Sunk by a Tsunami, Underwater Archaeologists Finally Find the Ruins of the Roman City Neapolis
After almost a decade of searching, the ruins of the city of Neapolis have finally been located. Based on their finds so far, researchers have confirmed that a tsunami hit the area in the 4th century AD. They have also decided the city likely held a monopoly over a fermented Roman delicacy.
Phys.org reports the vast Roman ruins were discovered off the coast of Nabeul, in northeast Tunisia. The submerged city stretches over 20 hectares (almost 50 acres). As some of Neapolis’ ruins remain aboveground, underwater archaeologists have been searching the region for the last seven years in hope of finding the underwater counterpart. Favorable weather allowed them to finally attain that goal this summer.
Based on underwater prospecting carried out at the site, the researchers have asserted Neapolis was partially submerged by a tsunami on July 21 in 365 AD, a natural disaster that also damaged Alexandria in Egypt and Greece’s island of Crete. This confirms an account recorded by the Roman soldier and historian Ammien Marcellin.
According to the Independent, Neapolis does not show up in many other records because it sided with Carthage over Rome during the Third Punic War in 149–146 BC.
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The researchers have discovered monuments, streets, and about 100 tanks that were used in the production of a fermented fish condiment known as garum.
Mounir Fantar, the head of a Tunisian-Italian archaeological mission said: “This discovery has allowed us to establish with certainty that Neapolis was a major center for the manufacture of garum and salt fish, probably the largest center in the Roman world. Probably the notables of Neapolis owed their fortune to garum.”
Vistor Labate described some details on Roman cuisine during the Empire era for Ancient Origins:
“[A]s Rome expanded and became more prosperous, food became more diverse. Romans became acquainted with the foods and cooking methods of the provinces […] The cena, which initially consisted of only one course, developed into two courses during the Republic: a main course and a dessert served with fruit or seafood. By the end of the Republic, it evolved into a three-course meal: the appetizer (gustatio), the main course (primae mensae) and the dessert (secundae mensae).”
‘The Romans of the Decadence’ (1847) by Thomas Couture. ( Public Domain )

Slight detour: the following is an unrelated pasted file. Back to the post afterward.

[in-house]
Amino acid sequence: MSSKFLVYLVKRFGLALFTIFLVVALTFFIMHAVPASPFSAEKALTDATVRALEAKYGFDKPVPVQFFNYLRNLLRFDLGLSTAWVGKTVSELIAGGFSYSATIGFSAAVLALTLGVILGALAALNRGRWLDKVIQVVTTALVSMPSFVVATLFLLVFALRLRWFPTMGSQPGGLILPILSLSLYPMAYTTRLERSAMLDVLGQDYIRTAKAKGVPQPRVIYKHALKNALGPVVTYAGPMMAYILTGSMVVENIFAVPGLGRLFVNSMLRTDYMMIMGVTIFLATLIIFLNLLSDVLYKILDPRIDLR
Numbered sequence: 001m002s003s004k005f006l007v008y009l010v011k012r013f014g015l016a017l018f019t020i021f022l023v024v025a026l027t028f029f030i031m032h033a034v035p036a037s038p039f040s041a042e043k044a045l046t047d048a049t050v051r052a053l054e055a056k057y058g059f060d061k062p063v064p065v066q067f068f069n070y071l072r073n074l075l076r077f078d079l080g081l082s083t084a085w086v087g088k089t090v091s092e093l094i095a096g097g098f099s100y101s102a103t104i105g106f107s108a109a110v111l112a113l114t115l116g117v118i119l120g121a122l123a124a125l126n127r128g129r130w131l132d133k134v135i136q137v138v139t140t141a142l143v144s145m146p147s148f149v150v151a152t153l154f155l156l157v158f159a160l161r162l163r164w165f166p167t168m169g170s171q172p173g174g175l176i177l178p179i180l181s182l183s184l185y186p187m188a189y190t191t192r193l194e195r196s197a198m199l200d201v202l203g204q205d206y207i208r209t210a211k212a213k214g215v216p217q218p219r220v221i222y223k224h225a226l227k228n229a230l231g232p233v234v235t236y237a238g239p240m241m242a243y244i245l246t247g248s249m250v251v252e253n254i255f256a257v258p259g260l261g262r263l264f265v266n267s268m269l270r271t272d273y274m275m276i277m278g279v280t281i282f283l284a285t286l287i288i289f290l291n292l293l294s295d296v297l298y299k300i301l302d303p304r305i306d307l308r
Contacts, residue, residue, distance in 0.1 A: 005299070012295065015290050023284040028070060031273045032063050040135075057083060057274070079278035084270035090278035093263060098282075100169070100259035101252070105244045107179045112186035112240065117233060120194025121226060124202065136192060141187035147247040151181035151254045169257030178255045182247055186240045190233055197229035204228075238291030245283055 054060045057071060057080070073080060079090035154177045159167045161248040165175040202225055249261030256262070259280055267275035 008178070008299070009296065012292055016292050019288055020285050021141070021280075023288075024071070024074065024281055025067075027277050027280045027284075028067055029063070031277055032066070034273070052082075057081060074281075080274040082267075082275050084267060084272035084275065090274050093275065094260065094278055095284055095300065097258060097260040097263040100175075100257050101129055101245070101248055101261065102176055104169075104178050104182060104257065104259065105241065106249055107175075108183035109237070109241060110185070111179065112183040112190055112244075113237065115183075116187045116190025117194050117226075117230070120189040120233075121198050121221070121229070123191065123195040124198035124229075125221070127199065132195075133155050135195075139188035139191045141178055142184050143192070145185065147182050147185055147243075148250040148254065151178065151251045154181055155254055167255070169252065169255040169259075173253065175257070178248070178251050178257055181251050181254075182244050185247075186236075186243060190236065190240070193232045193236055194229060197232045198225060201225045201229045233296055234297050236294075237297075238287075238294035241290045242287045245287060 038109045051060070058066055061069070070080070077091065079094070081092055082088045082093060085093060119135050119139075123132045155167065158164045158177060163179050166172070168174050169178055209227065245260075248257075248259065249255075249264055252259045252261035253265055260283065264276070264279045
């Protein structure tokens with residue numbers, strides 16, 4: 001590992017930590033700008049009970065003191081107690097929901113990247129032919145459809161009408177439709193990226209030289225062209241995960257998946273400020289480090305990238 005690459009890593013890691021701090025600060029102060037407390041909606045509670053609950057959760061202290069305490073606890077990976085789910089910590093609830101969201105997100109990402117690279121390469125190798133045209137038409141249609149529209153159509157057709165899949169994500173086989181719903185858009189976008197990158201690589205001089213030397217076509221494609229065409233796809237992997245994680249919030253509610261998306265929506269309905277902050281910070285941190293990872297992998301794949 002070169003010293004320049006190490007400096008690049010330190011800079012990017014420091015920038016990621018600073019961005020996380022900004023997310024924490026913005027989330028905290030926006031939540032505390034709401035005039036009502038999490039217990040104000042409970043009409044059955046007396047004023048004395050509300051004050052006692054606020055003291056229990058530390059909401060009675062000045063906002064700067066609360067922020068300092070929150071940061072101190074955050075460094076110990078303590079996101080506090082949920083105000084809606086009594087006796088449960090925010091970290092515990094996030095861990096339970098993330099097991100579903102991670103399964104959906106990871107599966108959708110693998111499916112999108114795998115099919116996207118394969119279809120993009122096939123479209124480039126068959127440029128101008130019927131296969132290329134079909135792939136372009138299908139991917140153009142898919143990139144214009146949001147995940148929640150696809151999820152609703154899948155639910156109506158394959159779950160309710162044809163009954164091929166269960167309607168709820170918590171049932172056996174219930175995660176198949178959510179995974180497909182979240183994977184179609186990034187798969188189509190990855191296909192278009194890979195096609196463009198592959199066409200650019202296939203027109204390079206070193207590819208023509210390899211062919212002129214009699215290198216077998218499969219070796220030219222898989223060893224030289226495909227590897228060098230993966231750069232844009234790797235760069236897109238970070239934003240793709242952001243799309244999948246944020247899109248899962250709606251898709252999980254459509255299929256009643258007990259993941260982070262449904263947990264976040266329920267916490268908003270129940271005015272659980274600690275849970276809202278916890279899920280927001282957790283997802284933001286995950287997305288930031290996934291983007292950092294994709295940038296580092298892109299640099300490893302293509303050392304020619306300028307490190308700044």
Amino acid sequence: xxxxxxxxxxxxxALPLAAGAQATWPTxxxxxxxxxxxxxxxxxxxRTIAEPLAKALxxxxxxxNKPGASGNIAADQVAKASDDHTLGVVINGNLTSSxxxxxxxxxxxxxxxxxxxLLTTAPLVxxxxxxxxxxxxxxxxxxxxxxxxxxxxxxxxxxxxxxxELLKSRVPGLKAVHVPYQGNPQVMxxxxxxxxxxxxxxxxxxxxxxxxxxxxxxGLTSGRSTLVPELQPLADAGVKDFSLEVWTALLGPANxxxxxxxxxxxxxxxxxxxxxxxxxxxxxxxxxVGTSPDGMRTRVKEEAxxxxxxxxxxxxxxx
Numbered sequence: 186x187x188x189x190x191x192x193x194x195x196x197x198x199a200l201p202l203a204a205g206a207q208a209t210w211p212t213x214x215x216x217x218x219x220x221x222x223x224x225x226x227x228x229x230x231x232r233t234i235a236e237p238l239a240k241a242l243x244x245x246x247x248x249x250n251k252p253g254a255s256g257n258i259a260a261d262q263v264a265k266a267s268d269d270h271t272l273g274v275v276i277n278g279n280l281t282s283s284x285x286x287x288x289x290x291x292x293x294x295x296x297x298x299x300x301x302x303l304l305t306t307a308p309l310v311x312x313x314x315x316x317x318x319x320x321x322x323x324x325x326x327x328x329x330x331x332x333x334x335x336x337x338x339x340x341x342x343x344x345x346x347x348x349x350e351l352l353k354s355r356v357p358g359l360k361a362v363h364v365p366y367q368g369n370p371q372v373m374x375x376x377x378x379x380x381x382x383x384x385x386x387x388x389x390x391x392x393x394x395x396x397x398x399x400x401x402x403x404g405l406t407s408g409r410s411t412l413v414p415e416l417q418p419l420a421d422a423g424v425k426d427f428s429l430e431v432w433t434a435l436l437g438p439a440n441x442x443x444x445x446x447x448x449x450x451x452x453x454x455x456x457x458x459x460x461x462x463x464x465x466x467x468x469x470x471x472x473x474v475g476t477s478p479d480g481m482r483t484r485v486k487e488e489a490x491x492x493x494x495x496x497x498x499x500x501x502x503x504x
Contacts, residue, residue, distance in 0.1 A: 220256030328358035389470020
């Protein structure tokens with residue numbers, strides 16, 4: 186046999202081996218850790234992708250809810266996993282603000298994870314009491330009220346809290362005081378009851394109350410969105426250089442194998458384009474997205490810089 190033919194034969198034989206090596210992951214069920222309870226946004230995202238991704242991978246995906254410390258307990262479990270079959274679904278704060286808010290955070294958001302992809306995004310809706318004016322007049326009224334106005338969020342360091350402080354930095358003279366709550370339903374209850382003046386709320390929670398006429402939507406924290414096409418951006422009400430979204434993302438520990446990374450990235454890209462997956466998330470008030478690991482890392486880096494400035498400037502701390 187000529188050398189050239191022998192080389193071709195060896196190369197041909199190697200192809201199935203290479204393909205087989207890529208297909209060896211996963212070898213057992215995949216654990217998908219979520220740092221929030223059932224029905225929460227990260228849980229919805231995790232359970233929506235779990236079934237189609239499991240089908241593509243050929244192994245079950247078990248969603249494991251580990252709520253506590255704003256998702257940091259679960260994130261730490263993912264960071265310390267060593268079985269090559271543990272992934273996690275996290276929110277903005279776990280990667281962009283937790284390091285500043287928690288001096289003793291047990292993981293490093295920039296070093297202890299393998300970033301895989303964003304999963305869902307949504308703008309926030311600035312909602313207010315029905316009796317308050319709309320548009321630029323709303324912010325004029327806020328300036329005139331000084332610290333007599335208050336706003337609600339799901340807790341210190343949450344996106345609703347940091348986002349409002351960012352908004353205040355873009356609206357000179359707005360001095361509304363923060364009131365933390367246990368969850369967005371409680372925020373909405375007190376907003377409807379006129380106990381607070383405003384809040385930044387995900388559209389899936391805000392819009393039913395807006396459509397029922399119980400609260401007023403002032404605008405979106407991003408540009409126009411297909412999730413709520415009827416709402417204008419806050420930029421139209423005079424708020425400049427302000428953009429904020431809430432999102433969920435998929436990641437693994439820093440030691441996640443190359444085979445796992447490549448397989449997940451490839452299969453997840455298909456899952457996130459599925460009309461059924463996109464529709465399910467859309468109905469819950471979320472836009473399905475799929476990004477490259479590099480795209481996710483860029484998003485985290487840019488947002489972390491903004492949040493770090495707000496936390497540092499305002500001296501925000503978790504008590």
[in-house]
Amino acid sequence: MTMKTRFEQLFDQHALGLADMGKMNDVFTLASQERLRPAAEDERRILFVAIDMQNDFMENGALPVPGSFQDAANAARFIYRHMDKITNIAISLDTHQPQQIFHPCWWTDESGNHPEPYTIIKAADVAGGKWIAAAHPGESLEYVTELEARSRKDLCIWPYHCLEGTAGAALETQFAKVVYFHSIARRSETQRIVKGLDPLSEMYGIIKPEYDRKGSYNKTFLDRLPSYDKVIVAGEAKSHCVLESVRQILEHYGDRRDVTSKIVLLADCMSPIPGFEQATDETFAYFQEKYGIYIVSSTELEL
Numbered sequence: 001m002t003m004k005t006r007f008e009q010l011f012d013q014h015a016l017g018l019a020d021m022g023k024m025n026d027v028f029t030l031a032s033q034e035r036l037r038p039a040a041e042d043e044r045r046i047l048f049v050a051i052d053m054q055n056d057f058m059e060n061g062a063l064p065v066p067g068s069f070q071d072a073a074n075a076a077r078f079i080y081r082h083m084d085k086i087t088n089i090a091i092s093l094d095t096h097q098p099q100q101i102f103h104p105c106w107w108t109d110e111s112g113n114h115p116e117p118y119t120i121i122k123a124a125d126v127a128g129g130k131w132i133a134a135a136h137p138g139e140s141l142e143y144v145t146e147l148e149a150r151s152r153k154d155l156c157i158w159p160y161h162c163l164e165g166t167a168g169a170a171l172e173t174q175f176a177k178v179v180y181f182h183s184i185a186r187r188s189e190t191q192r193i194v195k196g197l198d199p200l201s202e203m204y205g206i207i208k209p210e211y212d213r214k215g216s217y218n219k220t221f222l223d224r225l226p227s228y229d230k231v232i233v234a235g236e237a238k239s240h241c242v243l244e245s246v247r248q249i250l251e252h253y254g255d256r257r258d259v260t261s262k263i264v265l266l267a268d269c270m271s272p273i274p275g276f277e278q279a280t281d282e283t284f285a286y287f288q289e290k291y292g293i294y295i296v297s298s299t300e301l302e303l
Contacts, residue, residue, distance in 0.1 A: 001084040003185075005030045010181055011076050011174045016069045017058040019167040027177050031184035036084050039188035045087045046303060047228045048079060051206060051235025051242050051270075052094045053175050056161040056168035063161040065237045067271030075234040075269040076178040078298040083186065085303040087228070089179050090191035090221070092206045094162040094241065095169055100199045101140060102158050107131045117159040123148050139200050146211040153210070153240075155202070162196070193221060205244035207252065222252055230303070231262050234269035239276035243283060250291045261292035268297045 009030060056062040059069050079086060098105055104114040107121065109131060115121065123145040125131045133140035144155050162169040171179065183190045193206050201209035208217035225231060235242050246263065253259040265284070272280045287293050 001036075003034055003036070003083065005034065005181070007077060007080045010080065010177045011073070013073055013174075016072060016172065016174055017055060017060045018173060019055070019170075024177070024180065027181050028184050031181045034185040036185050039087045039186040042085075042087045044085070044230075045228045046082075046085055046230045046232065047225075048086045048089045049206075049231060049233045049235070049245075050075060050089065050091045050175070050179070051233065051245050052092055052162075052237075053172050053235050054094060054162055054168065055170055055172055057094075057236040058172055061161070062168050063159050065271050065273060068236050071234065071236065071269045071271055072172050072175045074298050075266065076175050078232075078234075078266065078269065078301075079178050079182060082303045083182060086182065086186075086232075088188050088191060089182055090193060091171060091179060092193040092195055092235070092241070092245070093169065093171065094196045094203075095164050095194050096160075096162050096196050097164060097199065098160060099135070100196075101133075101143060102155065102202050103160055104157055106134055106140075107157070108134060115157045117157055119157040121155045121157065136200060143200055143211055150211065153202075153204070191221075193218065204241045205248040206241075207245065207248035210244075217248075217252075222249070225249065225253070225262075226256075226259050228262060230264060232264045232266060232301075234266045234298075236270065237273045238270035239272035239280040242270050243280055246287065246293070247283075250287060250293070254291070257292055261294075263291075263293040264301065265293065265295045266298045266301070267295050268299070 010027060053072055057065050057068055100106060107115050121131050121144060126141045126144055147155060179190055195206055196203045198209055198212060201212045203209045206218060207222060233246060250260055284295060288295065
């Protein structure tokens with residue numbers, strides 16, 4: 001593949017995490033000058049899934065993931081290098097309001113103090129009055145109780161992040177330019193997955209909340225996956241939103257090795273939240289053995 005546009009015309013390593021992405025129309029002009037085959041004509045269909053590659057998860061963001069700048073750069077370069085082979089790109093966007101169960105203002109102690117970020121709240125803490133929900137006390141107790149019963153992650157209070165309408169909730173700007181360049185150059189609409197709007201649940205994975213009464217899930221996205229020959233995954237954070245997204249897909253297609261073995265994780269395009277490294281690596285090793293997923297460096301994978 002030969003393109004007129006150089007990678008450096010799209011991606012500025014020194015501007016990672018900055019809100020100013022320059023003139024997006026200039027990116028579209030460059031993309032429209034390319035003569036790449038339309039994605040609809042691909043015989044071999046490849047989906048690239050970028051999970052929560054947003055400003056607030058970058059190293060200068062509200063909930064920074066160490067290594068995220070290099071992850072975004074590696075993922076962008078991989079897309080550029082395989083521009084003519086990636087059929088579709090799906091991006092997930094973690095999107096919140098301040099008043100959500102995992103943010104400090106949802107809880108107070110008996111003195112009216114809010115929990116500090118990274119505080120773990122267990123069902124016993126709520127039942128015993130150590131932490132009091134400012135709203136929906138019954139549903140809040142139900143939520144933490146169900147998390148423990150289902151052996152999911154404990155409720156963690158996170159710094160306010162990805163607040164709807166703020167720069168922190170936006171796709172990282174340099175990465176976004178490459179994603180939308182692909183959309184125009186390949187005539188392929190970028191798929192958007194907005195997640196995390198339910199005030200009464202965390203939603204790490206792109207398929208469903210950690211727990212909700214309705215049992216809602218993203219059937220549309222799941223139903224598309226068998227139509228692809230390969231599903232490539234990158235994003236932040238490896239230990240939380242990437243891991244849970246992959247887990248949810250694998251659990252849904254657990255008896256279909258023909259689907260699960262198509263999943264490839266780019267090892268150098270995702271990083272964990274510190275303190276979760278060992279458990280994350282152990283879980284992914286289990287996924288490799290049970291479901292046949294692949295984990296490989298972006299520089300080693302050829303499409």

But Labate writes that not everyone could eat that way, social class definitely played a role in the foods available to an individual:
“[R]egular Romans could not afford to eat meat and expensive exotic foods from the provinces. They often ate the porridge made of emmer, salt, fat and water (the puls) with bread sprayed with a little bit of salt. Richer Romans ate the same porridge but added chopped vegetables, meat, cheese and various herbs to it. Bread was a staple food in ancient Rome which was often eaten with honey, olives, cheese or egg, noting that Romans also dipped their bread in wine.”
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‘Still life with glass bowl of fruit and vases’ by a Pompeian painter in 70 AD, Museo Archeologico Nazionale, Naples, Italy. ( Public Domain )
And if you are curious to know more about that fish paste, Pompeii Food and Drink describes it (and provides):
“It was made by the crushing and fermentation in brine of the intestines of fish such as tuna, eel, anchovies, and mackerel. Because the production of garum created such an unpleasant smell, its fermentation was relegated to the outskirts of cities. The finished product was quite mild and subtle, and was mixed with wine, vinegar, pepper, oil, or water to enhance the flavor of many dishes. Garum is similar to fish sauce used today in Thai and Vietnamese cooking.”
Maybe garum would be a delicacy for some modern palates too?
Top Image: Underwater archaeologists off the coast of Nabeul in northeastern Tunisia at the site of the ancient Roman city of Neapolis. Source: Tunisian National Heritage Institute and the University of Sassari